- Drug therapy is usually the next step and focuses on pain relief. Drug therapy typically includes acetaminophen, non-steroidal anti-inflammatory medicines (NSAIDs), cyclooxygenase (COX-2) inhibitors, and opiates.
- Always consult your specialist before attempting to treat arthritis with medications, especially if you are taking other medications to treat arthritis.
8. GET A HYALURONIC ACID SHOT FOR AFFECTED JOINTS:
Although technically these are not medicines, these substances are injected into joint to complement naturally occurring Hyaluronic Acid, normally In healthy joints Hyaluronic acid acts as a shock absorber and lubricant, allowing the joints to move smoothly over each other. 
These injections are not helpful to everyone; they can relieve the symptoms for 3 to 6 months.
9. GO TO PHYSIOTHERAPY:
Specific exercises can help increase the range of motion and flexibility, as well as assist in strengthening leg muscles. Physiotherapists are trained to evaluate patient’s unique medical condition and suggest an individualized exercise program as per the condition, age and lifestyle of the patient.
The main objectives of physiotherapy for knee arthritis are:
- Reduce knee pain and inflammation.
- Normalize range of knee joint motion.
- Strengthen the knee quadriceps and hamstrings.
- Strengthen your lower extremity: calf muscles, hip, pelvis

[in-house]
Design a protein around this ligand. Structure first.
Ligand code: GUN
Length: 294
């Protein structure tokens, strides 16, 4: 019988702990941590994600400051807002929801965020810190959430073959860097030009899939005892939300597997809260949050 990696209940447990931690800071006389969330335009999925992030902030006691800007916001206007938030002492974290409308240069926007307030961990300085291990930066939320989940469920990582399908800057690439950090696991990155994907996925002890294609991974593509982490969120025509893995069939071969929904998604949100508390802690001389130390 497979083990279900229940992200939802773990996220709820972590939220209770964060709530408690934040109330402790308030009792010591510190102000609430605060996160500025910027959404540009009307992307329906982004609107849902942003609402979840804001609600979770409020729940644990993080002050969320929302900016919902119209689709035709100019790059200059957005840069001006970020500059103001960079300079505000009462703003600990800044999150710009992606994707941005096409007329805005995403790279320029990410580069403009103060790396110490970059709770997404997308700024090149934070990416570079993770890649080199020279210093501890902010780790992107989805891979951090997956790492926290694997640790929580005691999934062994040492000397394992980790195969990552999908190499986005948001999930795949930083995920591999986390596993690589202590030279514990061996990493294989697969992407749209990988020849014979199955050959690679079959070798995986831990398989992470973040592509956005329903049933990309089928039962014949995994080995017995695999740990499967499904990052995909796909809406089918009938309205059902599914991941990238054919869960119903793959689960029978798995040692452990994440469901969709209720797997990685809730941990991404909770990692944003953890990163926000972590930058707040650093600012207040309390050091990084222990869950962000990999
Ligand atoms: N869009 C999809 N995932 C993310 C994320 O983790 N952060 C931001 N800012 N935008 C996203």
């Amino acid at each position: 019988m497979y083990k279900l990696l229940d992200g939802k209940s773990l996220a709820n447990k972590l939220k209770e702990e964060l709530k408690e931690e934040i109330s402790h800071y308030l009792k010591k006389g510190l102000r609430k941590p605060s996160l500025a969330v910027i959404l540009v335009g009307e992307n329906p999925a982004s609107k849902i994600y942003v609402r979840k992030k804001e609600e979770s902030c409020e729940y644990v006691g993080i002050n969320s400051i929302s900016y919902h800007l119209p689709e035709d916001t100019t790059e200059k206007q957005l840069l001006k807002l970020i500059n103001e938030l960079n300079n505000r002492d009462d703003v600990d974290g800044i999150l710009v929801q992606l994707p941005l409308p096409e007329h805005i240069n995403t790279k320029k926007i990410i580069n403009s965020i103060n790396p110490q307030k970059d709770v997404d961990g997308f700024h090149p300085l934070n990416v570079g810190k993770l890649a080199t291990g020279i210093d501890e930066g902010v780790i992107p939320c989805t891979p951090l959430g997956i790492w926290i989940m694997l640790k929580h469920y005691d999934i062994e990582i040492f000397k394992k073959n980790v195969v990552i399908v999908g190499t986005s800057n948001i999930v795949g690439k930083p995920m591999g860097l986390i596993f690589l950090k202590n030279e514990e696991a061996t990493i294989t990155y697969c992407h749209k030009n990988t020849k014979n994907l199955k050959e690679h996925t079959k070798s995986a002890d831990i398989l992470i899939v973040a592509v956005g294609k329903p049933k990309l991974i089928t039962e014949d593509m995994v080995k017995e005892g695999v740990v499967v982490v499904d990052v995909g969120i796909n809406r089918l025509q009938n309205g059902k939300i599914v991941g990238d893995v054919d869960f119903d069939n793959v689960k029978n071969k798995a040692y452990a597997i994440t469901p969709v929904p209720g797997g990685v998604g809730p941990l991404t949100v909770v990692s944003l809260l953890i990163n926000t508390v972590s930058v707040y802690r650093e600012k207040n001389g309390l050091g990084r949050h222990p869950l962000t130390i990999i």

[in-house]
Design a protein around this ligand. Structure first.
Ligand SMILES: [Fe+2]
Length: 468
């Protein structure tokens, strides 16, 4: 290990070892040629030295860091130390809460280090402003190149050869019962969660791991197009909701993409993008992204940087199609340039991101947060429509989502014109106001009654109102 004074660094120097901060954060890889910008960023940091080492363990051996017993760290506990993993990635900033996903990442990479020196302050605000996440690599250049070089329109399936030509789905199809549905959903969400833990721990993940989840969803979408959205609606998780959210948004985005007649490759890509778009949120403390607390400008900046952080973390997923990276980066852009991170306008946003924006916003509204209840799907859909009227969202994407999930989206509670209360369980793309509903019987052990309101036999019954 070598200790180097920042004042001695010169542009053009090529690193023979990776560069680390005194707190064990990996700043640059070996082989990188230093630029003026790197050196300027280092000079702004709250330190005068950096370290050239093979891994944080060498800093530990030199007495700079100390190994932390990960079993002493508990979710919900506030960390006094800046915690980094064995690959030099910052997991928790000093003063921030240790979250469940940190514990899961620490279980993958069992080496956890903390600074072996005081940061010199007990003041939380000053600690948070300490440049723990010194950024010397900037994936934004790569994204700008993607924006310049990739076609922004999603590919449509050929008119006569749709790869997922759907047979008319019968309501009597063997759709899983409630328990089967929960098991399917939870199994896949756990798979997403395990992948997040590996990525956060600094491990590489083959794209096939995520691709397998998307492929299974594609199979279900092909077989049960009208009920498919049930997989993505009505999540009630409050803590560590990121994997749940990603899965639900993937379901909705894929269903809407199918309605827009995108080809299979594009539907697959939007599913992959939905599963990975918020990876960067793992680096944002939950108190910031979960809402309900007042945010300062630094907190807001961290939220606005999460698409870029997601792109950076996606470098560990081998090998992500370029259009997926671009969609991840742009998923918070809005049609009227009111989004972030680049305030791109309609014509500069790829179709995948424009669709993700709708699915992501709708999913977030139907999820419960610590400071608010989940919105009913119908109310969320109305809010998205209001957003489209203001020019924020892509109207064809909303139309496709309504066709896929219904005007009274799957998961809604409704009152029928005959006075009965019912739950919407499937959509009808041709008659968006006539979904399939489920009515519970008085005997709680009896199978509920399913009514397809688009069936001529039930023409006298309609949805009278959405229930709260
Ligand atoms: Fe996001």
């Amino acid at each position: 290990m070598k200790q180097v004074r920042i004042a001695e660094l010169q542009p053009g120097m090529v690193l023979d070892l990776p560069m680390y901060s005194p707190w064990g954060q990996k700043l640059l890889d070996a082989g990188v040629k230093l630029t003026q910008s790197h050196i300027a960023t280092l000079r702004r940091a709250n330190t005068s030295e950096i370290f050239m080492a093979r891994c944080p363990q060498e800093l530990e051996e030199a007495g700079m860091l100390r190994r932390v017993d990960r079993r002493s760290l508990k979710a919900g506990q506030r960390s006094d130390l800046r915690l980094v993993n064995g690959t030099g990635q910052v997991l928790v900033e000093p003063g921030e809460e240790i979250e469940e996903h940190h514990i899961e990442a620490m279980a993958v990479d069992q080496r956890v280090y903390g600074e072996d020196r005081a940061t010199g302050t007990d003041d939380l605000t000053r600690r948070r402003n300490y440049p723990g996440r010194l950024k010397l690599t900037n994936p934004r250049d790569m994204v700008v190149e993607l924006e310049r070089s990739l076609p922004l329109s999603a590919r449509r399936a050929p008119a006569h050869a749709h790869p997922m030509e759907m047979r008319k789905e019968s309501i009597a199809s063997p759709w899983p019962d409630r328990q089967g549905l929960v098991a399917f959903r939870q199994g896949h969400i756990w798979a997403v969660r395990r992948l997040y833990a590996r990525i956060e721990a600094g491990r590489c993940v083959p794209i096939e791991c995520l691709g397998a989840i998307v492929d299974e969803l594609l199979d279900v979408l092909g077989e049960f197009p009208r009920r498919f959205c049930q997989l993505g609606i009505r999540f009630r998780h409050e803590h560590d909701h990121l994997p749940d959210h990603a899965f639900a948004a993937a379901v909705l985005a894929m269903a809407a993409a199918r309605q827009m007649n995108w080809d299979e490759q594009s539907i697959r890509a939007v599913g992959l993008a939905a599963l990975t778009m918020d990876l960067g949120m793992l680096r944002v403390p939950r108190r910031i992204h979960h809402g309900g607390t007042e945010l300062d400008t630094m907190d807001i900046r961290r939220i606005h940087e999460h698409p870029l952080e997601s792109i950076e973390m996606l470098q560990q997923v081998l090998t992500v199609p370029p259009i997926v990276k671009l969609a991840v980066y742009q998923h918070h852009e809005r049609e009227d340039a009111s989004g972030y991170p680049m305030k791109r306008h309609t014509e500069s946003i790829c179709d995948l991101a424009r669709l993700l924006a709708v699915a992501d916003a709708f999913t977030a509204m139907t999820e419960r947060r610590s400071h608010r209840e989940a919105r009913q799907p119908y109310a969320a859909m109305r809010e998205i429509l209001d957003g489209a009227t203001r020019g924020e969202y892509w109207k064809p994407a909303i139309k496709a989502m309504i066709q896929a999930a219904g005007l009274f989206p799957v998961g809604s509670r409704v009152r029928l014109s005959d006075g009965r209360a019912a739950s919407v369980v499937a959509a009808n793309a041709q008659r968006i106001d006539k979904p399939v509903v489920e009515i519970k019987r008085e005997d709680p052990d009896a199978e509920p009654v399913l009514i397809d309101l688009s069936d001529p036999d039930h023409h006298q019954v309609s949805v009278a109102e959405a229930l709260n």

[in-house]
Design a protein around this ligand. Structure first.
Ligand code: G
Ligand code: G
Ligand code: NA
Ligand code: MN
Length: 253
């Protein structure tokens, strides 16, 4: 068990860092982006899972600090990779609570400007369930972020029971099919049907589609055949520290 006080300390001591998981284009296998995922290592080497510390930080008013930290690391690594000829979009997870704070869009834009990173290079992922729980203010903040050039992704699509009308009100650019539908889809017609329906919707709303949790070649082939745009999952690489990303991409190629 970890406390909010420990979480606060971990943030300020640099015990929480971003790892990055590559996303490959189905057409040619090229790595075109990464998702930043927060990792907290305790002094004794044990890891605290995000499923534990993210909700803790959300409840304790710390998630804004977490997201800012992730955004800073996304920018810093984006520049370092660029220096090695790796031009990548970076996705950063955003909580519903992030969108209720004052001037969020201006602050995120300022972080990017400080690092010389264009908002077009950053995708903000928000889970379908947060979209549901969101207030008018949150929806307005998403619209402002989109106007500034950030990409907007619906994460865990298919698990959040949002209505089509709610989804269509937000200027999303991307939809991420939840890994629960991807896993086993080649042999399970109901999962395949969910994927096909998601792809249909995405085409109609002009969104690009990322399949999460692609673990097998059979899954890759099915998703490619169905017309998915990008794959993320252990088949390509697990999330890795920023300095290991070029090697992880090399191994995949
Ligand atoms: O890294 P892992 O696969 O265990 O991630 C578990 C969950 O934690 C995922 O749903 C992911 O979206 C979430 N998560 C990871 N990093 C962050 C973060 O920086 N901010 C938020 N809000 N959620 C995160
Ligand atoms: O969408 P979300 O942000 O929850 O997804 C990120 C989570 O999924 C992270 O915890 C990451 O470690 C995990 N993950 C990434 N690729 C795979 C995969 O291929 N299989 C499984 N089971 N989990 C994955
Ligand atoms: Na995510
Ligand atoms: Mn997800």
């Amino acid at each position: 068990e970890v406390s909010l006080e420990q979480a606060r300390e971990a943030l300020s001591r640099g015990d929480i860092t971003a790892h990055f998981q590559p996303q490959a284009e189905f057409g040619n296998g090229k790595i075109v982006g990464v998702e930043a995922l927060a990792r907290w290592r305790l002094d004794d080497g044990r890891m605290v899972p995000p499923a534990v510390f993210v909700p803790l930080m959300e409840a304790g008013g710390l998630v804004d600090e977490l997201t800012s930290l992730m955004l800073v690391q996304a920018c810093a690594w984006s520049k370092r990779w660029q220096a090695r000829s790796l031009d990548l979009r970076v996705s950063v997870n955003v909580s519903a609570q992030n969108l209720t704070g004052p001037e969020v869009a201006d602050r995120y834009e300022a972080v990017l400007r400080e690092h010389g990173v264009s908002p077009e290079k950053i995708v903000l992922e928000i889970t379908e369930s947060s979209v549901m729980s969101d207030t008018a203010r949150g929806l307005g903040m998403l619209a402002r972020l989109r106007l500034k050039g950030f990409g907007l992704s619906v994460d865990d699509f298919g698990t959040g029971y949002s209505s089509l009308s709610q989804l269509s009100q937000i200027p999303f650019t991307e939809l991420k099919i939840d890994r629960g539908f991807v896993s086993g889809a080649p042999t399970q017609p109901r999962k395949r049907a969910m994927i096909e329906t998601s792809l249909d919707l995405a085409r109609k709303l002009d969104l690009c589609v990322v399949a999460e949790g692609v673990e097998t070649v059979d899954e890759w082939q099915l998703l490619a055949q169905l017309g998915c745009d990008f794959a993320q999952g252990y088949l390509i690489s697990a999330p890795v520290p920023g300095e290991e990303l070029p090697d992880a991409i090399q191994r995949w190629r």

Improve your (kneecap) alignment and function of the patella femoral.
- Normalize muscle lengths.
- Improve your proprioception, agility and balance.
- Improve your activities such as walking, squatting.
10. CONSULT YOUR DOCTOR WHETHER YOU REQUIRE SURGERY:
Your doctor may recommend surgery if your arthritis pain causes disability and pain. During a joint surgery, your doctor removes the damaged joint and replaces it with an artificial one.
The benefits of the suggested surgery should outweigh the risks that almost all surgeries entail. It is important that as a patient, you obtain all information about the various surgical options and post-surgery complications, as well as the post-surgery rehabilitation plan.
- OsteoarthritisEssential facts Osteoarthritis is the most common form of arthritis, and one of the leading causes of pain and disability worldwide. Nursing Standard, Volume 29 (48) – Jul 29, 2015
- Evidence‐Based Knee Injections for the Management of Arthritis
Cheng, Olivia T.; Souzdalnitski, Dmitri; Vrooman, Bruce. Pain Medicine, Volume 13 (6) – Jun 1, 2012